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THE HERBAL CORNER - "Goldenseal"
(Hydrastis canadensis)
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GOLDENSEAL is the dried, yellow rhizome and rootlets of a small woodland-floor plant (Hydrastis canadensis) native to eastern North America. The herb’s growing popularity has made it increasingly rare in the wild, leading a number of states to list the plant as "endangered."

Goldenseal root was used by Native American tribes, including the Cherokee and Iroqouis, as a yellow dye and for health conditions ranging from topical inflammations, debility, cancer, and dyspepsia to whooping cough, pneumonia, diarrhea, fever and sour stomach. European settlers of the 18th century used a goldenseal root wash for eye inflammations. Folk uses expanded during the 19th and 20th centuries, to include inflammations and infections of the mucus membranes (e.g., canker sores and sore gums or throat), skin sores, cancers, bleeding, menstrual complaints, ulcers, gastritis, colitis, constipation, ringworm, acne, genitourinary infections, thrush, and snake bite.

Today, Goldenseal has both internal and external applications. It is taken orally to alleviate colds and fevers, stop recurrent ear infections, and stimulate the immune system. Its ability to counter microbes and parasites makes it useful in conditions such as vaginitis and urinary tract infections, and digestive ailments such as infectious diarrhea. The herb acts as a stimulant and seems to affect the body's mucous membranes by drying up secretions, reducing inflammation, and fighting infection through the mild antimicrobial action of its active ingredients, alkaloid compounds called hydrastine and berberine.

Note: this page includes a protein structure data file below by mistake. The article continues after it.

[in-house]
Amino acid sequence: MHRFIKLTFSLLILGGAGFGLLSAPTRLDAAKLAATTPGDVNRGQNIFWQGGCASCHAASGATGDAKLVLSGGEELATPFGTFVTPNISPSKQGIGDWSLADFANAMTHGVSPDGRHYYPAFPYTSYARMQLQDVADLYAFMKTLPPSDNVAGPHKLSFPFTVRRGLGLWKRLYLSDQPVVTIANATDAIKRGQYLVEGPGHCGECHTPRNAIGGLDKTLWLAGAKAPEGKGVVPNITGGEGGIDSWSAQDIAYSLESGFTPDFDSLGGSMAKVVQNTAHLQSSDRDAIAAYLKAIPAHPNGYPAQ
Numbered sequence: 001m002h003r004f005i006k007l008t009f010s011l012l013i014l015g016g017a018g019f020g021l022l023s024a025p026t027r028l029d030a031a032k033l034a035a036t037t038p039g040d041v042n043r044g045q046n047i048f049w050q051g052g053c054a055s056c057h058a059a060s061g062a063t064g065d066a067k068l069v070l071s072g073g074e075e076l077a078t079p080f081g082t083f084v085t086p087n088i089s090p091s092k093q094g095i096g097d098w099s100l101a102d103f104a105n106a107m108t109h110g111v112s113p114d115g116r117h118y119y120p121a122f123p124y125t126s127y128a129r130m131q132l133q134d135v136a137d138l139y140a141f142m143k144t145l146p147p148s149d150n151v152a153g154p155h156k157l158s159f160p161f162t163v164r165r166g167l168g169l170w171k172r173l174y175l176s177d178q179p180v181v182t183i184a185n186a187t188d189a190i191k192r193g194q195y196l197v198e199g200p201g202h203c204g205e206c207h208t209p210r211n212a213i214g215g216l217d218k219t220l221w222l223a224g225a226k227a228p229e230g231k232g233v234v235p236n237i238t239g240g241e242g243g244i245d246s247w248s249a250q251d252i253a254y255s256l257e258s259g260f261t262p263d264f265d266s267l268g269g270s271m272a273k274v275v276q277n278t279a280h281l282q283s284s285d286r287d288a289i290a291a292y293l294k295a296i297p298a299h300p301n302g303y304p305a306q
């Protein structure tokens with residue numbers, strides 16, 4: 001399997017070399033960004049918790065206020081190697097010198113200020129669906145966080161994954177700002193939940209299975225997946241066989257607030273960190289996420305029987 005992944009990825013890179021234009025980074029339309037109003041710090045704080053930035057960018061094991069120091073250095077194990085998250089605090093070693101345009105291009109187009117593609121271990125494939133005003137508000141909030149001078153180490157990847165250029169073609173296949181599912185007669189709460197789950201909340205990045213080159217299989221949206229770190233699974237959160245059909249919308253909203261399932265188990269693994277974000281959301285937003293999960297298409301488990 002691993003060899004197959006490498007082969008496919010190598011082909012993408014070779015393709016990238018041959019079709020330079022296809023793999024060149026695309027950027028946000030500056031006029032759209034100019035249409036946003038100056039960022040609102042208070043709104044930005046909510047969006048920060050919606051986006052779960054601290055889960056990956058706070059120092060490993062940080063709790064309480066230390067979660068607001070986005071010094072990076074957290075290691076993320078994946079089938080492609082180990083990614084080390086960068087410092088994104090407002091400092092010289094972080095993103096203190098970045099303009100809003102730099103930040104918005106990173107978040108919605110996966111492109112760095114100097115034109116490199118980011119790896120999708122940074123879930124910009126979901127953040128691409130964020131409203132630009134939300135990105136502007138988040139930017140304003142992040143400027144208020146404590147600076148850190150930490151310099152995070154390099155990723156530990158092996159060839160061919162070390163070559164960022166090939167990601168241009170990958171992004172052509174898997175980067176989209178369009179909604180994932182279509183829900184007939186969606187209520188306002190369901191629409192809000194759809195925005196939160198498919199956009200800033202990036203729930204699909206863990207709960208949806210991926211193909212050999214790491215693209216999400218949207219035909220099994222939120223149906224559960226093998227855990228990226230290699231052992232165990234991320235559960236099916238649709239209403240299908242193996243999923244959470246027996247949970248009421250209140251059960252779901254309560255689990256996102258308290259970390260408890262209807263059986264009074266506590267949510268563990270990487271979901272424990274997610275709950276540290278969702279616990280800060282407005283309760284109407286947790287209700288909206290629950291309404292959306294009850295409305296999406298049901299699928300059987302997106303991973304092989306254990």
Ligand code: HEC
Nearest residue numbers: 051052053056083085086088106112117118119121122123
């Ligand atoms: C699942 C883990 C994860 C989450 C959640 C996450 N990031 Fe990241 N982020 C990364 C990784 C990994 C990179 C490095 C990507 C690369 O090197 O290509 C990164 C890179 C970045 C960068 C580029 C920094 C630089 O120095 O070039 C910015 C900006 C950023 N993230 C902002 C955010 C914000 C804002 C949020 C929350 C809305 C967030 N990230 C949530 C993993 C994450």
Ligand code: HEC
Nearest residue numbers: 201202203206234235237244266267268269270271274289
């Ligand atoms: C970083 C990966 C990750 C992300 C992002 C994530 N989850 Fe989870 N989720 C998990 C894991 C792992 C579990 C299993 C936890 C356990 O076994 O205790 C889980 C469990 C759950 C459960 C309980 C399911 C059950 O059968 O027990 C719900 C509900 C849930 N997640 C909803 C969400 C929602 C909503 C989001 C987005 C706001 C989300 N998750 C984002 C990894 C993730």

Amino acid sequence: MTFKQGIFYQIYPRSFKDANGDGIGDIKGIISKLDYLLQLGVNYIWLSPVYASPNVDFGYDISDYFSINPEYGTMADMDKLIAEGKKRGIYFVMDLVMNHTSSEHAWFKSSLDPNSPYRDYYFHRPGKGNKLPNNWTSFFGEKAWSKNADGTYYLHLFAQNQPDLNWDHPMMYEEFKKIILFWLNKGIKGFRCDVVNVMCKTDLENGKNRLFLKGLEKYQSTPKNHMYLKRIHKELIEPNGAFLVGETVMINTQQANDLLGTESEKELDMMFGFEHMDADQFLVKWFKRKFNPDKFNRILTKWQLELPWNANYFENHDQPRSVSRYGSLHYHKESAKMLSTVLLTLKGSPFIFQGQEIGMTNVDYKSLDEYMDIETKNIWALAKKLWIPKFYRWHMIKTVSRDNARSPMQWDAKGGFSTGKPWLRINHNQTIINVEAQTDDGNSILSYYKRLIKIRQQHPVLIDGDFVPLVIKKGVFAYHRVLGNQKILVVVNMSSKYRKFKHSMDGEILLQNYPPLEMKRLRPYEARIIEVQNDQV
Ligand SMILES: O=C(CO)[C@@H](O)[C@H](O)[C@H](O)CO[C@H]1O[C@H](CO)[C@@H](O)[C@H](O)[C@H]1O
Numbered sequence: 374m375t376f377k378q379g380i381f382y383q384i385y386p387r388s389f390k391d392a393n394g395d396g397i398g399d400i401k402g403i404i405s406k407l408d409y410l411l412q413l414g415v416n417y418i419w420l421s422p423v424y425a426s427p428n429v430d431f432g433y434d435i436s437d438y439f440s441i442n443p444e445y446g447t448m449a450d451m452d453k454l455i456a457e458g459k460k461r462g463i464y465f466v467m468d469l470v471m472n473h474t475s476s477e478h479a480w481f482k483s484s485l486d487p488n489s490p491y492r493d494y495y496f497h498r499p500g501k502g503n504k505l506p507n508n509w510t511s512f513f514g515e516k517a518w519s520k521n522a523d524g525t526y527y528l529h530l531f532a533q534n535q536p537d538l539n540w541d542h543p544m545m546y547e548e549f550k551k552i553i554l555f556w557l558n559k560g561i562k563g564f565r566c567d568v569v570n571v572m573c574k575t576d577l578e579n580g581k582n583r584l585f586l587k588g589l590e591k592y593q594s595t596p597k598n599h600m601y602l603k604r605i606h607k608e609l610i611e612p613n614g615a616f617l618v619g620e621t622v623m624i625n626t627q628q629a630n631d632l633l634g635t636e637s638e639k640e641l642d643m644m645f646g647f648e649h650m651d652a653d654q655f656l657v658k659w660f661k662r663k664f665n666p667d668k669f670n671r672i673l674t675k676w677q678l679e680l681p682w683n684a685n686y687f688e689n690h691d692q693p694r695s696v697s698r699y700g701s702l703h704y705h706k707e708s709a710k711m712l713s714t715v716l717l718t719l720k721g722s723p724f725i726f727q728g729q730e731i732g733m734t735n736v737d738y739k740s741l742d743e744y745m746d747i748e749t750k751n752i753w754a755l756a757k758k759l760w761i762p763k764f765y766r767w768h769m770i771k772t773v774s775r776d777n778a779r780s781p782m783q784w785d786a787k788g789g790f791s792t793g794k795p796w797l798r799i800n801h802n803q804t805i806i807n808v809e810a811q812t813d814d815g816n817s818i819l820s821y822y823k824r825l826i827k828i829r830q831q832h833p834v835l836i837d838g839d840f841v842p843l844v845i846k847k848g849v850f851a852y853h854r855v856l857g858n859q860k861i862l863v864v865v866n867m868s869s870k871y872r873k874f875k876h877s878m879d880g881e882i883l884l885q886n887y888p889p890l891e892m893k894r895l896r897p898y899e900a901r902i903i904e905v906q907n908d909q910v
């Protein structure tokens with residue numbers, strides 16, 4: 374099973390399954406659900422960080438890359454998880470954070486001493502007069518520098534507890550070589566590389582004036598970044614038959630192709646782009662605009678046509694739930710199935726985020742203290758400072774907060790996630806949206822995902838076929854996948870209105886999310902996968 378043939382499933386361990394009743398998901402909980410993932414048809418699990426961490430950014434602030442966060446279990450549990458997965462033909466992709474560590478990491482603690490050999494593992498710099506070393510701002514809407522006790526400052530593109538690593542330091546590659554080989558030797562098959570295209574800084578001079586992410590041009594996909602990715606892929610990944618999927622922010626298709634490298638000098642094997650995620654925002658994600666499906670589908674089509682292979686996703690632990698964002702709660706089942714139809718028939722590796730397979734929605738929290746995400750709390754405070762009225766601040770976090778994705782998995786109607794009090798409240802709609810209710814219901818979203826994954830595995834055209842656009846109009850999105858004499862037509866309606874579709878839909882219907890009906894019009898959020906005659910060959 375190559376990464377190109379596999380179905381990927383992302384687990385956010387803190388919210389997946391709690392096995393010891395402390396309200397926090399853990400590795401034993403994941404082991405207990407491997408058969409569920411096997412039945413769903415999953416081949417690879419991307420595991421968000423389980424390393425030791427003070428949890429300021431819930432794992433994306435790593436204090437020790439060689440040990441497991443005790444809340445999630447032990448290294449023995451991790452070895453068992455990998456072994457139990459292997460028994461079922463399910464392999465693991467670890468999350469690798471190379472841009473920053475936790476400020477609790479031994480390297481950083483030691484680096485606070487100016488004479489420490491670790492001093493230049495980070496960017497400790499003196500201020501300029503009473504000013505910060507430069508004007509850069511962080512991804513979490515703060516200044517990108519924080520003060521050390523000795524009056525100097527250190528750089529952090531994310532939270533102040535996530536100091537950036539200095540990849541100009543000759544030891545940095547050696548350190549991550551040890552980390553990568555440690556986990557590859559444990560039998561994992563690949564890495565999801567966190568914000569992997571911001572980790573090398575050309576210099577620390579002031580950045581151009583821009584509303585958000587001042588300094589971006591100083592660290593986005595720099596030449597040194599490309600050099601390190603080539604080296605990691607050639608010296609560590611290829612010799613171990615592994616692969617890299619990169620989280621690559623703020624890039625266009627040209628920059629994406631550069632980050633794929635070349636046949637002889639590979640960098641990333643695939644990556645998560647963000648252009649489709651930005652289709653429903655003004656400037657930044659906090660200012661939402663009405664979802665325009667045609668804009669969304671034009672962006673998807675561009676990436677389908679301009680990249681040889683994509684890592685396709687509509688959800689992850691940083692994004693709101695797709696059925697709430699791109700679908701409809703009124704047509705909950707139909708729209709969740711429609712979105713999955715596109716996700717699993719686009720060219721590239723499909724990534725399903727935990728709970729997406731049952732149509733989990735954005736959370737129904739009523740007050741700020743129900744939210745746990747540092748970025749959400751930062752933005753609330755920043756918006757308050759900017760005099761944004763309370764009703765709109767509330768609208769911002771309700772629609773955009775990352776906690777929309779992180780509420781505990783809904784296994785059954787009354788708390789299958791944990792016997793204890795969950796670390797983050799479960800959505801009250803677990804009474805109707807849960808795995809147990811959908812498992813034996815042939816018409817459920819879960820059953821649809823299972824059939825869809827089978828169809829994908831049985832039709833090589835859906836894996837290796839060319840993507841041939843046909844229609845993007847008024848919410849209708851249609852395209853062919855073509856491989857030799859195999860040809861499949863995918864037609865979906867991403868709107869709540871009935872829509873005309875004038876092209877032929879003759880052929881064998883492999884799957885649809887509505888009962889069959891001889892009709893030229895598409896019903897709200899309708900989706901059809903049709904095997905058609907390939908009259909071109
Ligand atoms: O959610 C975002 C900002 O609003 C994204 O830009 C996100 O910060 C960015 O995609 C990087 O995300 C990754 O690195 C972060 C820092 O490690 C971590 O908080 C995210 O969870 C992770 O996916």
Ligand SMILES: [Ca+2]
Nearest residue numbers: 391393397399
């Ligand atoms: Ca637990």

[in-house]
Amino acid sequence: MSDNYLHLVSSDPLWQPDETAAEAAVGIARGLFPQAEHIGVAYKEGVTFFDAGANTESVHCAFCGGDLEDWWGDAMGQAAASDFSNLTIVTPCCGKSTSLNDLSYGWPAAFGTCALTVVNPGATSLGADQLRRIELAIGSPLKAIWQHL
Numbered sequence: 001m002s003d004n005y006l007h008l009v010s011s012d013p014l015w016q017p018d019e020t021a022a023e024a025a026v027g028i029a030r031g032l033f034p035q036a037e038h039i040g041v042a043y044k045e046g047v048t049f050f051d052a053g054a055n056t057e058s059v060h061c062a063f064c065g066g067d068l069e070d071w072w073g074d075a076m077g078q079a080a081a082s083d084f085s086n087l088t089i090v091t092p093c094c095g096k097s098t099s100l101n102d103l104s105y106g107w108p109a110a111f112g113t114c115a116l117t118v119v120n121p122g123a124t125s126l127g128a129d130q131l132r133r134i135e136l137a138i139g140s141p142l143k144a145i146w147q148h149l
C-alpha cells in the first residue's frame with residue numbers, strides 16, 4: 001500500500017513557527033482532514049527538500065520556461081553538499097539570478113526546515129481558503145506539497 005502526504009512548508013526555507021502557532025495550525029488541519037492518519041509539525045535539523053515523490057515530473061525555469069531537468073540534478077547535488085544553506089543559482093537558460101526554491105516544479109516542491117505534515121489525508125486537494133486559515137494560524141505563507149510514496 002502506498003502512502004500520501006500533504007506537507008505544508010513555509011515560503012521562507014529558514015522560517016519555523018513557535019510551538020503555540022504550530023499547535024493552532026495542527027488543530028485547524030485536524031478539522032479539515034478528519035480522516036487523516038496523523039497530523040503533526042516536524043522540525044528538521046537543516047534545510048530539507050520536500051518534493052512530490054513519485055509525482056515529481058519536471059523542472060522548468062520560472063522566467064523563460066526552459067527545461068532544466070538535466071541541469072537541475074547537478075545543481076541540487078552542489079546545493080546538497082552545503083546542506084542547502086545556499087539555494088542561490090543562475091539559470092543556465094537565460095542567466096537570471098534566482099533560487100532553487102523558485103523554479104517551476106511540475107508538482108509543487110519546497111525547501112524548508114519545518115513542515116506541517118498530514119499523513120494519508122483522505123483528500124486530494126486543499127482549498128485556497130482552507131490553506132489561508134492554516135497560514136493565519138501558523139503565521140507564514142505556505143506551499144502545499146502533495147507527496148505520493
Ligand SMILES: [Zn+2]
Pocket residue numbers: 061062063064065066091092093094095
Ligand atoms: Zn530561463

Herbalists often recommend it topically for its anti-inflammatory and antiseptic actions, which make it useful to clean wounds, reduce hemorrhoids, soothe canker sores, and alleviate skin infections (including ringworm and athlete’s foot). It can also help treat eye infections such as conjunctivitis and blepharitis.

Studies have recently explored the mechanisms by which berberine inhibits certain human cancer cells and reduces inflammation, and found that berberine is more effective in clearing a malaria-related parasite than tetracycline.

Goldenseal is generally safe when taken as directed. It is potent enough, however, that it should not be taken in large amounts (which may cause gastrointestinal distress and possible nervous system effects) or over a long term (do not exceed three weeks of continuous use without a break of at least two weeks). Goldenseal is not recommended for women who are pregnant or lactating.

Liquid extracts and capsules that contain the whole, dried herb are the most popular products. Goldenseal is also available in tincture form and is frequently sold and consumed in a combination supplement which includes other herbs.

Please note: the information contained herein has been compiled from various sources. The above statements have not been evaluated by the U.S. Food and Drug Administration. We make no claims, either expressed or implied, that any treatments mentioned in this newsletter will cure disease, replace prescription medication, or supersede sound medical advice.

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